An Analysis of Surah Al-Fatiha – Starting in The Name of The Most Merciful
Following the introduction presented regarding the significance and characteristics of Surah Al-Fatiha, here we shall discuss the first verse of this chapter; ‘In the Name of Allah The Beneficent, The Merciful’.
All of the chapters in the holy Qur’an except one begin with this verse. Scholars from the school of Ahlulbayt consider this verse part of the chapters in the Qur’an, highlighting the necessity for its recitation at the beginning of each chapter. This verse not only indicates the beginning of a new chapter but it is also recited with the intention of beginning the specific chapter that is to be read following this verse.
In fact, not only should the believer start the recitation of the Qur’an in the name of his Lord, rather, every action to be performed should be in His Name, otherwise it has no fruitful ending (Abtar) as narrated by the holy Prophet (saw). Listed below are a few of the reasons behind why it is recommended to begin what we do in the Name of God:
We now come to analyse the meaning of this significant verse. As suggested above, one of the reasons behind the recitation of this verse is to seek help from Allah (swt), however, we may find the following question arising; why seek assistance and begin in the Name (Ism) of Allah (swt) and not His essence for example? Some of the reasons for this are mentioned below:
The Name ‘Allah’ (swt) is the most encompassing name of the Creator.
An essence which perplexes and confuses the mind is also another meaning of the word Ilah. It denotes the fact that the essence of Allah (swt) is beyond the perception and comprehension of the human mind. However over the excessive use of this term, the Name Allah (swt) has become a known and specific name (Ism al-khas/‘alam) which only refers to The Absolute, necessary existence. In summary it could be said that Allah (swt) is the name of the essence (Ism al-Dhat), and the other names refer to the names of the attributes (Ism al-Sifat) of Allah (swt).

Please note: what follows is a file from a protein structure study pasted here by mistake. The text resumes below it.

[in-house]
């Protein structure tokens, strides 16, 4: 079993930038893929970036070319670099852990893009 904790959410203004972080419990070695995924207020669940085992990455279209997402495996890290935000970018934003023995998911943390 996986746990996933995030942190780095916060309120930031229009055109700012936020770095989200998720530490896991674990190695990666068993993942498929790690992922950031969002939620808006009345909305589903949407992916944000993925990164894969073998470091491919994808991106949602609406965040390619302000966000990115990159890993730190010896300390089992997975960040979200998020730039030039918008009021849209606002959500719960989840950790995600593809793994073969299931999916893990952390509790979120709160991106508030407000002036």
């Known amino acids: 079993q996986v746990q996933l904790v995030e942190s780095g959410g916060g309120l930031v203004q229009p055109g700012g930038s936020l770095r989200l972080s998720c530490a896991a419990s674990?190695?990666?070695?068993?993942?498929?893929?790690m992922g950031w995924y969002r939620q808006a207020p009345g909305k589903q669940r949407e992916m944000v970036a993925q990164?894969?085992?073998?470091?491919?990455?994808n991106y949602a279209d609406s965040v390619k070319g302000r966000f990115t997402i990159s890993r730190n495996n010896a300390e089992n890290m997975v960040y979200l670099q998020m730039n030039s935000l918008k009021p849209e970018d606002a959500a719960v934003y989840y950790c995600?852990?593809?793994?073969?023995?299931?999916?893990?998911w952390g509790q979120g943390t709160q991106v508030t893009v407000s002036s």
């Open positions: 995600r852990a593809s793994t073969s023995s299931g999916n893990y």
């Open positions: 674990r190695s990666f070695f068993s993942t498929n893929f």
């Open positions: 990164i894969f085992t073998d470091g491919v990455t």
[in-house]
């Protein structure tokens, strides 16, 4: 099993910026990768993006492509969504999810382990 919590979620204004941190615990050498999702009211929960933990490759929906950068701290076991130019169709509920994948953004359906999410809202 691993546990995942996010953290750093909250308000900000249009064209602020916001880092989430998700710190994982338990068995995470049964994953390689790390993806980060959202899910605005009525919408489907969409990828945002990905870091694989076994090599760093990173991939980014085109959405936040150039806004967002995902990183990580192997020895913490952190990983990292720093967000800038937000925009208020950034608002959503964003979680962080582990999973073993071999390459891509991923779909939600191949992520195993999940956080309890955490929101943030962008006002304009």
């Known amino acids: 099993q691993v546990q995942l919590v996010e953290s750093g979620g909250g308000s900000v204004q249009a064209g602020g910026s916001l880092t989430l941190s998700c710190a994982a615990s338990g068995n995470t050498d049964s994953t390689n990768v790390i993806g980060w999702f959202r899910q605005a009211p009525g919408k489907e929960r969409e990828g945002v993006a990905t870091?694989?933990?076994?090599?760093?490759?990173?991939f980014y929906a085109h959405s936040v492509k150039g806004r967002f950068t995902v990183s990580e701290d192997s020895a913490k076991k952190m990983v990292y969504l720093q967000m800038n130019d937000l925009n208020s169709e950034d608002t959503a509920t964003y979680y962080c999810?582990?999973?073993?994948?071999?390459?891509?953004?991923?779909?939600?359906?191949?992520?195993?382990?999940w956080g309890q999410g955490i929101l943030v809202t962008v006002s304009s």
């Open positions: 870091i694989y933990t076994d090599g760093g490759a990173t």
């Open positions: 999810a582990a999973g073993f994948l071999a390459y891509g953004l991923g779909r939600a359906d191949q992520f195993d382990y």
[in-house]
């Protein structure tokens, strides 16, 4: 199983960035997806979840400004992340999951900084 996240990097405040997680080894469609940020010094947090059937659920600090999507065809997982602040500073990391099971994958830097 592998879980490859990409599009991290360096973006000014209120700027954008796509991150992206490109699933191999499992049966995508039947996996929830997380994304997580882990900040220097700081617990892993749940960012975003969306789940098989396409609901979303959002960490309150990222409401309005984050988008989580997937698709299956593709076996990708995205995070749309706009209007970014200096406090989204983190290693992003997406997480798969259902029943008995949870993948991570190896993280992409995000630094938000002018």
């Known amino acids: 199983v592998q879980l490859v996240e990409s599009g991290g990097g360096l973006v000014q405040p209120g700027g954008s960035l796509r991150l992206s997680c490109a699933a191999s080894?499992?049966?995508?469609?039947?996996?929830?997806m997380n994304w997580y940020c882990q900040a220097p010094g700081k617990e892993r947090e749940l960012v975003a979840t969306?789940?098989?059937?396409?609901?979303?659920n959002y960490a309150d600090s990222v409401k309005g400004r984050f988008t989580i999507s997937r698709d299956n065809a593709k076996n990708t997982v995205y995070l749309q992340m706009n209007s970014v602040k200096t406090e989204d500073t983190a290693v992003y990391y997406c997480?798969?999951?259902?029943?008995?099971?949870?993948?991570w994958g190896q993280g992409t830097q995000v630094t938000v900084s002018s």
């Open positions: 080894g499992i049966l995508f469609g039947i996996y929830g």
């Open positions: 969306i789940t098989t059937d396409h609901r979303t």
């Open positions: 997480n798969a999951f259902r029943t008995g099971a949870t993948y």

Al-Rahman and Al-Rahim are two main characteristics of Allah (swt) and they are both from the root word Al-Rahma (Mercy and Giving). There is a subtle difference between the two names:
Note that the specific Mercy of Allah (swt) is for those who have recognised and appreciated the general Mercy bestowed to them. They will then be able to benefit from a more special type of Mercy which is reserved for those who take an extra step towards moving to perfection and goodness.
As believers in The Creator, we also need to beautify our character with the attributes of perfection and take lesson from these names. Human beings need to extend their mercy and kindness to the whole of creation, regardless of people’s race, religion or colour. Mercy is not only limited to the human being, rather it goes beyond that, hence the rights of the animals, trees and environment in general have been mentioned in the divine teachings of Islam. This verse alone is sufficient to illustrate the essence of the divine message found in the Qur’an and the holy prophet, which is filled with infinite love, mercy and compassion.
In conclusion, the same way that Allah (swt) extends His immeasurable Mercy upon believers and non-believers, we also need to do the same and to be merciful to the whole of creation as Imam Ali (as) said: People are of two types, either your brothers in faith or your equals in humanity”, which also highlights the specific and general type of mercy. Therefore all need to be respected and ones mercy needs to encompass everything and everyone.
Written by Mohammad Ehsan Rangiha
 Surah al-Tawbah (Chapter 9)
 Tafsir al-Amthal, v 1, p 27
 Tafsir Noor al-Thaqalayn, v1, p 6
 Tafsir al-Tasnim, p.554
 Bihar al-Anwar, v 73, p 503.
 Note that this does not refer to the physical face and it is used as a metaphor.
 Qur’an 27: 29 – 30
 Majma’ al-Bayan, v 1, p 24
 Tafsir al-Tasnim, v1, p 554
 Qur’an 59: 24
 Qur’an 16: 51
 Qur’an 25: 43
 Qur’an 21: 62
 Tafsir al-Tasnim, v1, p 554
 Mufradat al-Ragheb
 Tafsir al-Amthal, v1, p 28
 Letter 3, Nahj al-Balagha
Previously in this series:
Part 1: An Analysis of Surah Al-Fatiha